Each part of the tea leaf is used to make different kind of teas

Japan is famous for its green teas and there are many different types and grades, which can be confusing for foreigners.

Sencha is the most common Japanese green tea made of the tea leaves. Whereas black tea has been roasted, green tea is steamed during the production process.

Matcha is the green tea powder, which is used for the tea ceremony. You can choose from cheap matcha that is mainly used to color food to very expensive matcha that is used for tea ceremonies. Expensive does not necessarily mean better as the right balance of bitterness and sweetness is a matter of personal preference.

Bancha tea is made of the second harvest of sencha tea leaves in early autumn. It has its own distinct flavor, which is a little bit stronger and more nutty than the first flush. The cup has a golden color.

Genmaicha is a Japanese green tea that includes roasted brown rice some of which have popped. This variety of Genmaicha includes Matcha powder. It has a green cup and a stronger flavor than plain Genmaicha but preserves the toasty flavor and sweetness of the roasted brown rice. This kind of Genmaicha can be enjoyed at any time of the day. Genmaicha is available with or without Maccha powder.

Konacha - also called bud tea - is a green tea composed of the dust remains from the production of Sencha tea. These small tea parts quickly transfer color and flavor to how water. Many Sushi restaurants use a mixture of Konacha and Mecha-tea to make the intense dark green tea that goes so well with Sushi.

Mecha is a tea harvested in spring consisting of the first leaf buds of the year. Mixed with Konacha it makes the dark green tea popular in Sushi restaurants. Mecha has slightly more bitterness than Sencha tea and often is served after a meal to clean the palate and support digestion.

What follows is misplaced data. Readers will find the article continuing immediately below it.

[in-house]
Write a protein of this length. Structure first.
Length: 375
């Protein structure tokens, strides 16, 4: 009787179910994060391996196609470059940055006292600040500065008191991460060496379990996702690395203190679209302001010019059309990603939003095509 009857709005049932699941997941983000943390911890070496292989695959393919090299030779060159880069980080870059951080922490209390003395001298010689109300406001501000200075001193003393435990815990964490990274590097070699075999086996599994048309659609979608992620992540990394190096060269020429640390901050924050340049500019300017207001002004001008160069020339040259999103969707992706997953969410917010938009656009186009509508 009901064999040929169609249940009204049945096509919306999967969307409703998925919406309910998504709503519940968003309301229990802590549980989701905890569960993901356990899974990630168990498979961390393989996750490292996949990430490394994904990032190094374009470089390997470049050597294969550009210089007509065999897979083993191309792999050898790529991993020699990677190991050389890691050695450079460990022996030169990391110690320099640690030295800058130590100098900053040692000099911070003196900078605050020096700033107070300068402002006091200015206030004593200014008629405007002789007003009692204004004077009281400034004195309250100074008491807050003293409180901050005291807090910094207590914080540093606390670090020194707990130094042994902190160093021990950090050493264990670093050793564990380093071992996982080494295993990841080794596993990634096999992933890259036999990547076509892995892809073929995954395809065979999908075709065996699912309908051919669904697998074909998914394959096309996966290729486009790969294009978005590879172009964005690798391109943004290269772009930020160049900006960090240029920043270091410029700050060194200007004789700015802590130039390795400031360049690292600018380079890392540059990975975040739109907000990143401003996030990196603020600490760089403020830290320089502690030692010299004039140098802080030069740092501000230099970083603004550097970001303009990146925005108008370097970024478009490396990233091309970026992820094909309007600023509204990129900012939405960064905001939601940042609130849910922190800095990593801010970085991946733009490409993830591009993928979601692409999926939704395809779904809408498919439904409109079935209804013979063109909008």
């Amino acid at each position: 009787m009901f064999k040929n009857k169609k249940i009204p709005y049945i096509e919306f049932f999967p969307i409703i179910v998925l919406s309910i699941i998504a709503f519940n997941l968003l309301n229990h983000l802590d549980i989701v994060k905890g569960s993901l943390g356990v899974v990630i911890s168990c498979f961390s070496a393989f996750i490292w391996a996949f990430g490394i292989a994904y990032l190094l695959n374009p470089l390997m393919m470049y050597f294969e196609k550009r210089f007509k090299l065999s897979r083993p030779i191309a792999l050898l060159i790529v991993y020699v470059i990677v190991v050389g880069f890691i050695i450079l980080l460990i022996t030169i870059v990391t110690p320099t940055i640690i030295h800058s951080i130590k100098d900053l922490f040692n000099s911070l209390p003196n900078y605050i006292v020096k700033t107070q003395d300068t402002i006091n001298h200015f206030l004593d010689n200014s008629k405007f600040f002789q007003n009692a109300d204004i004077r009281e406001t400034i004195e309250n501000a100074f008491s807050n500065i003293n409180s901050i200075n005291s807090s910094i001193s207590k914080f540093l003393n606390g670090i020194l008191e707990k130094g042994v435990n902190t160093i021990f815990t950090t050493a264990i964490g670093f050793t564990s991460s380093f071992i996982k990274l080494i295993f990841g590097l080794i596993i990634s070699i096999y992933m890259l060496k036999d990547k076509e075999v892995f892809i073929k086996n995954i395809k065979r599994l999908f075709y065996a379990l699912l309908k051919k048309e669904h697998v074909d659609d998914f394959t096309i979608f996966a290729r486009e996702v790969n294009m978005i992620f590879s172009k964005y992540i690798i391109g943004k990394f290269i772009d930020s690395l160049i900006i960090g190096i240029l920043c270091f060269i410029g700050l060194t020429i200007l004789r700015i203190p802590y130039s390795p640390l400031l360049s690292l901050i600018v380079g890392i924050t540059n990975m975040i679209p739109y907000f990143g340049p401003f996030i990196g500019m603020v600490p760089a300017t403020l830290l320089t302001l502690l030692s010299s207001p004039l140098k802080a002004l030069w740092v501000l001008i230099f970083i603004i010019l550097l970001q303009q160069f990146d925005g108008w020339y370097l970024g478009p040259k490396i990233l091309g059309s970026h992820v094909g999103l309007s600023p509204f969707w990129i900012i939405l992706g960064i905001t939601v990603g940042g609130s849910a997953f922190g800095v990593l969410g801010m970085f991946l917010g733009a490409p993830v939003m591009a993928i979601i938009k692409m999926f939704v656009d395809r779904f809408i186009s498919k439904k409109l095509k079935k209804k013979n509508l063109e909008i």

Kukicha is a tea made of the stems, twigs and stalks of green Sencha tea leaves. As these parts are excluded from most other teas it has a very unique flavor. It has a mild, slightly nutty flavor with a nice balance of bitterness and sweetness. Kukicha usually can be used for three or four infusions.

This is kind of the first flush of Japanese tea. Only the newly grown soft leaves are used for this green tea, which is only available around April/May. It has as soft and sweet aroma and is less bitter than regular green tea.

Uji is a place close to Kyoto, which is famous for its tea. Interestingly there are no tea plantation in Uji itself, but a few producers and retailers of tea. They purchase from farmers in other regions and it is their know-how dating back hundreds of year on how to process tea that make the place become famous.

Hojicha is a roasted green tea. Green tea is roasted over charcoal so that it dries and gets a nice toasty flavor. Hochicha often served in the evening as it is said to be less disturbing to sleep than green tea.

Besides these ones there are good chances to also find other teas such as Mugicha, Sobacha made of other ingredients than tea leaves. Japanese tea can be enjoyed warm or cold. Japanese do not add sugar or milk to green tea.

The page from this link shows pictures of the different teas mentioned above:

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